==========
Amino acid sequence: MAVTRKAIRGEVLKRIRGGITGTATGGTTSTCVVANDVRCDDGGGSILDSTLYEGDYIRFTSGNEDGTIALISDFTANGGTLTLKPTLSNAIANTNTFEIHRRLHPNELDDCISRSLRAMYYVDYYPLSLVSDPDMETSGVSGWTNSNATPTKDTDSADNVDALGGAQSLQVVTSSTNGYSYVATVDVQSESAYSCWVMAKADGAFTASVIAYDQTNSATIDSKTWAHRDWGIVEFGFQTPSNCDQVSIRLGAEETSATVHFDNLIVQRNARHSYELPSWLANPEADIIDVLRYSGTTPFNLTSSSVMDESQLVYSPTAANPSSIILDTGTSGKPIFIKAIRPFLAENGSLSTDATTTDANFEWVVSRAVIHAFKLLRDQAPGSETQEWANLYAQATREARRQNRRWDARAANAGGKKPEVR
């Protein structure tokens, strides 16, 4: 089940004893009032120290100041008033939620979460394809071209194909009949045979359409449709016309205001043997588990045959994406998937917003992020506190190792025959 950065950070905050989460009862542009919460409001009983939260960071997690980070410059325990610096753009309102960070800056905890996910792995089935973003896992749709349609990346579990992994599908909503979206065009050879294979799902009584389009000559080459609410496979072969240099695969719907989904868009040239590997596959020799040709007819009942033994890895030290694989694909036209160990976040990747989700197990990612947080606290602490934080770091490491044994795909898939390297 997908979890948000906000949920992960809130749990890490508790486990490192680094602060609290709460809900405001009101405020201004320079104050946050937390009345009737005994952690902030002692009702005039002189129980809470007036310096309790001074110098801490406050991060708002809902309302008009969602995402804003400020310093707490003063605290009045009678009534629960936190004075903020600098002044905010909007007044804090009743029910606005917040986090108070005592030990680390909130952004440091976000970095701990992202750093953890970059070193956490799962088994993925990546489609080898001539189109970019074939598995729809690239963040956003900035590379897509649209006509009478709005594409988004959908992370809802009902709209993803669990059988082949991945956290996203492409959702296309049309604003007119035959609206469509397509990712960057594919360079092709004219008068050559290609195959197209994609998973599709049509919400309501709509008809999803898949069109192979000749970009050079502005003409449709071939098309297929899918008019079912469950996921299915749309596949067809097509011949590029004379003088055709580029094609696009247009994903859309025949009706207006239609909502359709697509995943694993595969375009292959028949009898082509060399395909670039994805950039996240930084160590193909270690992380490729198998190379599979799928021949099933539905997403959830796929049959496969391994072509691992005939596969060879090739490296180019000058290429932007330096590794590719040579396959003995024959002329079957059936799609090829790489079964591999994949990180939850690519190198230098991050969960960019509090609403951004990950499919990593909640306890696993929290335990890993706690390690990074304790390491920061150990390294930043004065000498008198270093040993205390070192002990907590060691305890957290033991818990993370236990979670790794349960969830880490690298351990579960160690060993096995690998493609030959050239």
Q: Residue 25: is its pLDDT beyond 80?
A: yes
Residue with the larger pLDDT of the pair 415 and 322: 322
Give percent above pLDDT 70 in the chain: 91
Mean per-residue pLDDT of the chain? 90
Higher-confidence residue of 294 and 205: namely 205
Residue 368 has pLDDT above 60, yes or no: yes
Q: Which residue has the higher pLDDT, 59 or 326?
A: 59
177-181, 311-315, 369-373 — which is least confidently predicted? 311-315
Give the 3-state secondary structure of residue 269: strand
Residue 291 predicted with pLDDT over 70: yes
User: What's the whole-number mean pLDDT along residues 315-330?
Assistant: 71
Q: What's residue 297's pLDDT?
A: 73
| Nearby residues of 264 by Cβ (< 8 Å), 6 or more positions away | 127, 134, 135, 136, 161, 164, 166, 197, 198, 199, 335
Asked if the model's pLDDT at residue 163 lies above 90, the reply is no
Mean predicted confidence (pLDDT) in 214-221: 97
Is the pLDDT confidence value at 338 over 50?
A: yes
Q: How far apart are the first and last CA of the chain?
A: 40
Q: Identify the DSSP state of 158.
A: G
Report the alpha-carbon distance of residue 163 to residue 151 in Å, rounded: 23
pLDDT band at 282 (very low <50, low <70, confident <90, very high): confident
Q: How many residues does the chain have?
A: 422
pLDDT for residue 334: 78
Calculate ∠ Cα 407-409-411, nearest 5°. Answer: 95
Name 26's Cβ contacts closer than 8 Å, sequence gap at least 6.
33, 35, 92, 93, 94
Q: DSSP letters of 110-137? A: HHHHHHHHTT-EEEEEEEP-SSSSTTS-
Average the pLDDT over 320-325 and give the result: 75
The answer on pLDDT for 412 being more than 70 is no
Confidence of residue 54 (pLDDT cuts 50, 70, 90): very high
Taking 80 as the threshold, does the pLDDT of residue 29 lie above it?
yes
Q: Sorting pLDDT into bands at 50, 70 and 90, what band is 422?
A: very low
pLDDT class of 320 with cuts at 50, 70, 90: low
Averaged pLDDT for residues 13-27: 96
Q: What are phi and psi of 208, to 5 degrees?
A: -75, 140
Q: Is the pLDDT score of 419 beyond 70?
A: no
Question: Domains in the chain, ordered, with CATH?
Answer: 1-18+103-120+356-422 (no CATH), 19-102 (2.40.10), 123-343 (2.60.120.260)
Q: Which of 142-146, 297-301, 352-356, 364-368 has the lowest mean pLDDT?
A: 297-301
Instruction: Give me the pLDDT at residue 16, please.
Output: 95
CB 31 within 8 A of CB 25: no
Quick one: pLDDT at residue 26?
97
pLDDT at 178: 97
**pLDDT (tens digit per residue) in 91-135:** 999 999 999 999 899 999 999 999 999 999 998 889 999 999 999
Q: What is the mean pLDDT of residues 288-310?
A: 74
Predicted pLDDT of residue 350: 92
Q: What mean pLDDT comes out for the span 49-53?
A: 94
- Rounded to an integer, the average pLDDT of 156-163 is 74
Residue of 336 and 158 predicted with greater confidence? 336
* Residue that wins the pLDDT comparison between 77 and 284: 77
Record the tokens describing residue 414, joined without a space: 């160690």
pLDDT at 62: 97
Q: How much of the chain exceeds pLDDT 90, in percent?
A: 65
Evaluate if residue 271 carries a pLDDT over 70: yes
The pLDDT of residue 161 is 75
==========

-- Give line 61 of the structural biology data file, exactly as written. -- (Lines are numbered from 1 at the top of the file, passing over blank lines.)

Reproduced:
Q: What is the mean pLDDT of residues 288-310?